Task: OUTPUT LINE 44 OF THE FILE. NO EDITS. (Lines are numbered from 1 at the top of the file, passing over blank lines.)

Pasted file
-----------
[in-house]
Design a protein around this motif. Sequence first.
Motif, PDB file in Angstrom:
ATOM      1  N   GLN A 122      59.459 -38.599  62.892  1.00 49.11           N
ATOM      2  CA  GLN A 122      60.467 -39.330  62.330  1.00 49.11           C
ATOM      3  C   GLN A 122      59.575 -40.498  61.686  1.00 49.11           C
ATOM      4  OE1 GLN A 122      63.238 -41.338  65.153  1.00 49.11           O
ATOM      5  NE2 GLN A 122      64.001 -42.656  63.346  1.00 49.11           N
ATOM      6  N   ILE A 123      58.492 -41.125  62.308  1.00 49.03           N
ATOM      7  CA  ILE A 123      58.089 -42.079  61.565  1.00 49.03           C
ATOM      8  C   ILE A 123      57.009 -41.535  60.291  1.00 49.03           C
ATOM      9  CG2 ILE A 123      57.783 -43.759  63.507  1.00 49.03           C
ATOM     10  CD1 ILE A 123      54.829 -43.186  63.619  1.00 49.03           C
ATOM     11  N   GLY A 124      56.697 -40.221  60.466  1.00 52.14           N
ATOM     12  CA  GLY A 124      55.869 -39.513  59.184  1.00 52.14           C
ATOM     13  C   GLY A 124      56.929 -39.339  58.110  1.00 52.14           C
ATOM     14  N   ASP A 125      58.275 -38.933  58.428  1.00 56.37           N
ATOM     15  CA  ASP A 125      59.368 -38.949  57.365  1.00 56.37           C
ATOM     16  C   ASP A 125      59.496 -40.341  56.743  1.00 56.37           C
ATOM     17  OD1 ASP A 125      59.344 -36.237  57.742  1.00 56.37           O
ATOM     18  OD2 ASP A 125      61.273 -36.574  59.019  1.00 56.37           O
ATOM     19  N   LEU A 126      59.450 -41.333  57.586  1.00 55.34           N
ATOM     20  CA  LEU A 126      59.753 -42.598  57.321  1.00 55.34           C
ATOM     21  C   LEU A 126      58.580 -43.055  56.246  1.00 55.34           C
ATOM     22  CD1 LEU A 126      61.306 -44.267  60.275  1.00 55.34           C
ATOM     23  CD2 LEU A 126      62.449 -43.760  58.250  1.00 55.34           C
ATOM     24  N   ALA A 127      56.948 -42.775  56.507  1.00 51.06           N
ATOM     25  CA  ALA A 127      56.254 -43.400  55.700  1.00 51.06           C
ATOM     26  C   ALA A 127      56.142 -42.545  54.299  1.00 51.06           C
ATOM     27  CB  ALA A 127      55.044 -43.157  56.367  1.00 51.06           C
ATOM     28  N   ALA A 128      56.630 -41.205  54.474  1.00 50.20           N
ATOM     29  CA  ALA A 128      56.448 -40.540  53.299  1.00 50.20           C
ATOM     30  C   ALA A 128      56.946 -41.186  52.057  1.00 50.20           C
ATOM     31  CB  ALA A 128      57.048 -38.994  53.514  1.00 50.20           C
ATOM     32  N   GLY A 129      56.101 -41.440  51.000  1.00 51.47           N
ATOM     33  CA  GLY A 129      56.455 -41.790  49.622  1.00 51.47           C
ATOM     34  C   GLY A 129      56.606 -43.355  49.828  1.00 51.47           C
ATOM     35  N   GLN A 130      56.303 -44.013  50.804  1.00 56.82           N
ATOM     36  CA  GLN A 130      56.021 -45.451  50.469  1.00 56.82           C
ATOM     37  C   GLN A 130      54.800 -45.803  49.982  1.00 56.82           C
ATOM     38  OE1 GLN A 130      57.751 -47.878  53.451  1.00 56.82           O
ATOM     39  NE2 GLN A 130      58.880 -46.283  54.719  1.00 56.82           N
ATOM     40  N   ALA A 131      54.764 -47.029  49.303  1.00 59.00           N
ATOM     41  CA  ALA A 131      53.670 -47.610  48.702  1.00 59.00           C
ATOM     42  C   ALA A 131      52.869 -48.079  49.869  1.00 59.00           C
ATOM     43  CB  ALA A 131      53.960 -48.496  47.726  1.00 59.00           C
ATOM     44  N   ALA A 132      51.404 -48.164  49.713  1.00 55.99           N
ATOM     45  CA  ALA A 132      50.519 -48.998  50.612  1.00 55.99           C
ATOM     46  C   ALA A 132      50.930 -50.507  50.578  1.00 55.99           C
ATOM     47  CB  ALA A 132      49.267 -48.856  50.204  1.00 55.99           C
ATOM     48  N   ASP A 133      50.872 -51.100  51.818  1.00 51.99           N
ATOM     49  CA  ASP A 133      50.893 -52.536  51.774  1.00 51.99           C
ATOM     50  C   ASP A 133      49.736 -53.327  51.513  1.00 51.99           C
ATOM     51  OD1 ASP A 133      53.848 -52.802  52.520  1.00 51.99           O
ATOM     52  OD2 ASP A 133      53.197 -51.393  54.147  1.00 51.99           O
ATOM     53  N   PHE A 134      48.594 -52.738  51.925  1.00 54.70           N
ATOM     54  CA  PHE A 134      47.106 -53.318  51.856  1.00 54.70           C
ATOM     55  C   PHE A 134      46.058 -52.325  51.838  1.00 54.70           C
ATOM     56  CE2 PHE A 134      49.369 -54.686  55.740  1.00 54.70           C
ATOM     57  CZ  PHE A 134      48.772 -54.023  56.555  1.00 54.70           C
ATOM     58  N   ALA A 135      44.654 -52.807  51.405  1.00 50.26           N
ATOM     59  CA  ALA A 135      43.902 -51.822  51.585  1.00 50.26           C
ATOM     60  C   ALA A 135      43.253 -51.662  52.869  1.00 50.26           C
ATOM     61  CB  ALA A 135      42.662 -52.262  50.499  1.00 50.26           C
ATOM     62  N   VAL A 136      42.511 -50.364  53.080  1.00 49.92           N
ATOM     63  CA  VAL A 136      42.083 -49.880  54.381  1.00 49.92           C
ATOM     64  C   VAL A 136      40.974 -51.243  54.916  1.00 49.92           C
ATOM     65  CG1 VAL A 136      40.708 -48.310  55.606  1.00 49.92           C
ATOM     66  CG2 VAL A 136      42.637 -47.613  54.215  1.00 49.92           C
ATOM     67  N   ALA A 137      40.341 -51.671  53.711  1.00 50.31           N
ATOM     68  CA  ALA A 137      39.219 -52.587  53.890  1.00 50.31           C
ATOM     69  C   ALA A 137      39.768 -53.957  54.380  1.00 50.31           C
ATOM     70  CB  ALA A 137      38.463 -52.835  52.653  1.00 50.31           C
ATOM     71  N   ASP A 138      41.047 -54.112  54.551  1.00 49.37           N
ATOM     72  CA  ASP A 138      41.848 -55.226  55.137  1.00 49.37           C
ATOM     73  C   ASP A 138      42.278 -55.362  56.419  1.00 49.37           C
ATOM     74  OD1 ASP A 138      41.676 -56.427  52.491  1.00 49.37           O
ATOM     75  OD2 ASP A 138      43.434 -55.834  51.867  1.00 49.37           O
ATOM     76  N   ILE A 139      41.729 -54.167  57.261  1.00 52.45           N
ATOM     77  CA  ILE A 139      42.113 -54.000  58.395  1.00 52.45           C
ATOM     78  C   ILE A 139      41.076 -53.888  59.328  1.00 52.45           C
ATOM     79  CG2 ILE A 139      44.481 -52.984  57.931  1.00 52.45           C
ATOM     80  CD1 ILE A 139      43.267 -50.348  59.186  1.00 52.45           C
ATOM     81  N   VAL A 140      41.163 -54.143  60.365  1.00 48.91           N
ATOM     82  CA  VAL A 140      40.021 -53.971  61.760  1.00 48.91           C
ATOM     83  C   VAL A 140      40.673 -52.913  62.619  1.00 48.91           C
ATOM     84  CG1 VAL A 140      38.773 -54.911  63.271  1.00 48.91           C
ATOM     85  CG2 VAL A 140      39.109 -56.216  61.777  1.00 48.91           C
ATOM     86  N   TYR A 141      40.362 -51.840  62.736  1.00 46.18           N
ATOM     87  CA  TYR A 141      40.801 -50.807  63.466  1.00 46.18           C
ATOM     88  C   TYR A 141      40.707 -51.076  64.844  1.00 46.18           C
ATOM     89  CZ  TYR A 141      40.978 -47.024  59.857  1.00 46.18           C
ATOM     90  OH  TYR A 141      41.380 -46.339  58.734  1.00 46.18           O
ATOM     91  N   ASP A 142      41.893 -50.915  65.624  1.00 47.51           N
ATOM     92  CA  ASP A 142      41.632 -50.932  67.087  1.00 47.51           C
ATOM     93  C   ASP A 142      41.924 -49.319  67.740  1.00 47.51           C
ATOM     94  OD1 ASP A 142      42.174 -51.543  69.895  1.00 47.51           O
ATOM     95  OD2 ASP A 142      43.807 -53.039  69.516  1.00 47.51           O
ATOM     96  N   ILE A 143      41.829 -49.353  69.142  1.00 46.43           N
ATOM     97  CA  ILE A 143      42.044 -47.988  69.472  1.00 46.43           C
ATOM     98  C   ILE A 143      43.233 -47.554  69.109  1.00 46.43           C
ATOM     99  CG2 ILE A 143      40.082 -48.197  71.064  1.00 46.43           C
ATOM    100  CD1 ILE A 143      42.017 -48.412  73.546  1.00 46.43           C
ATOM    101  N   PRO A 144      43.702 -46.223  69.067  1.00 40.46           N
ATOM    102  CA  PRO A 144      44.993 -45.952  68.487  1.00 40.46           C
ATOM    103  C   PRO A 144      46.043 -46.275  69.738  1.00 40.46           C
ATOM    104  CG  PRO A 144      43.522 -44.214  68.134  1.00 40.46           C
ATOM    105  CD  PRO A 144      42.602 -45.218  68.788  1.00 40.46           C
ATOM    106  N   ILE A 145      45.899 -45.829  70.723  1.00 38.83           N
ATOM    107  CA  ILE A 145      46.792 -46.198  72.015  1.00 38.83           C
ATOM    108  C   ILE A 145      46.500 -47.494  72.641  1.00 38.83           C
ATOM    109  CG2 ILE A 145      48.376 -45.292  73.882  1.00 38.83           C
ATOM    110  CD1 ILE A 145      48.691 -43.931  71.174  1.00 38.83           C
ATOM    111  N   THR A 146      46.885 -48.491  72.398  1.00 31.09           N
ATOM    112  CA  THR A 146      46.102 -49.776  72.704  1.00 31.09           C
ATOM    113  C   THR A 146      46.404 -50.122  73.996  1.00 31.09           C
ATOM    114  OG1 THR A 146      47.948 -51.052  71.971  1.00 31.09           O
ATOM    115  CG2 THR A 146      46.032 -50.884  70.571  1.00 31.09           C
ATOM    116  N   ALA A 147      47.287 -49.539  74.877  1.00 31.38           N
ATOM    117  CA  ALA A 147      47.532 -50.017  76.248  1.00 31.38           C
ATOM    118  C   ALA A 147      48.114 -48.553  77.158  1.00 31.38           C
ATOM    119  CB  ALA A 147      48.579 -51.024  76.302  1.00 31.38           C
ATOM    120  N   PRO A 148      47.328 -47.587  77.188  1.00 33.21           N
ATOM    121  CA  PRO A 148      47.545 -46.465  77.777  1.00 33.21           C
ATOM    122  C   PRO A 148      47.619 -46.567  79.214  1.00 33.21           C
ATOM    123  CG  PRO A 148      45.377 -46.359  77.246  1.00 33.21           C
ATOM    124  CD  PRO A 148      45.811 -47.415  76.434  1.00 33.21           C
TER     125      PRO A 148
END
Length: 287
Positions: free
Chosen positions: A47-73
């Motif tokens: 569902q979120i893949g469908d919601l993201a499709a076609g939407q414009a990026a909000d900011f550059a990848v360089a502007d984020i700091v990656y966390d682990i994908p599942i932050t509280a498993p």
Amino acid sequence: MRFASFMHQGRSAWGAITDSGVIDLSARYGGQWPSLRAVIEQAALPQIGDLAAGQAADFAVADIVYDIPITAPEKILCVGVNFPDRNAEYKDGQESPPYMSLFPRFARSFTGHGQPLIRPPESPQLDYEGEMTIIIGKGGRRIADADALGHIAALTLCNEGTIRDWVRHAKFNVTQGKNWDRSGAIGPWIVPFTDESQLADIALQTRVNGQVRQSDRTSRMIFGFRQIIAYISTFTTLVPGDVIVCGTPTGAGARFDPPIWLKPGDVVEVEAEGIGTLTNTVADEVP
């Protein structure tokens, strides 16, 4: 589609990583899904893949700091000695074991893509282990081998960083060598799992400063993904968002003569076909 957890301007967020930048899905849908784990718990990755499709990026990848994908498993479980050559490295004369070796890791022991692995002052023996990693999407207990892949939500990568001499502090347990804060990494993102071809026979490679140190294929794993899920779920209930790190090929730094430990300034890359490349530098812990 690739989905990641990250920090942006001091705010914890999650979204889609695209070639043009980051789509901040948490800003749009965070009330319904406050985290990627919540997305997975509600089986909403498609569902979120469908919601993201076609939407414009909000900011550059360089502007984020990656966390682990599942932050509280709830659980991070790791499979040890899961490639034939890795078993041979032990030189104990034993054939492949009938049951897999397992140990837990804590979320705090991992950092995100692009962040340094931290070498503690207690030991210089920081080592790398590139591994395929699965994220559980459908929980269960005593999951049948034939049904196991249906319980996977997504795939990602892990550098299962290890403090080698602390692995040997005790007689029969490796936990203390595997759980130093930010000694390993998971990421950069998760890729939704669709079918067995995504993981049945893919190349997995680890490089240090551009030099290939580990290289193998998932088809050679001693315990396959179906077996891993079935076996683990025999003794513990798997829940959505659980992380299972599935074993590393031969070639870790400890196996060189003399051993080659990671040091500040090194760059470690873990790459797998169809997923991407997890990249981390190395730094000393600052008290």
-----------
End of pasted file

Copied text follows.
ATOM     41  CA  ALA A 131      53.670 -47.610  48.702  1.00 59.00           C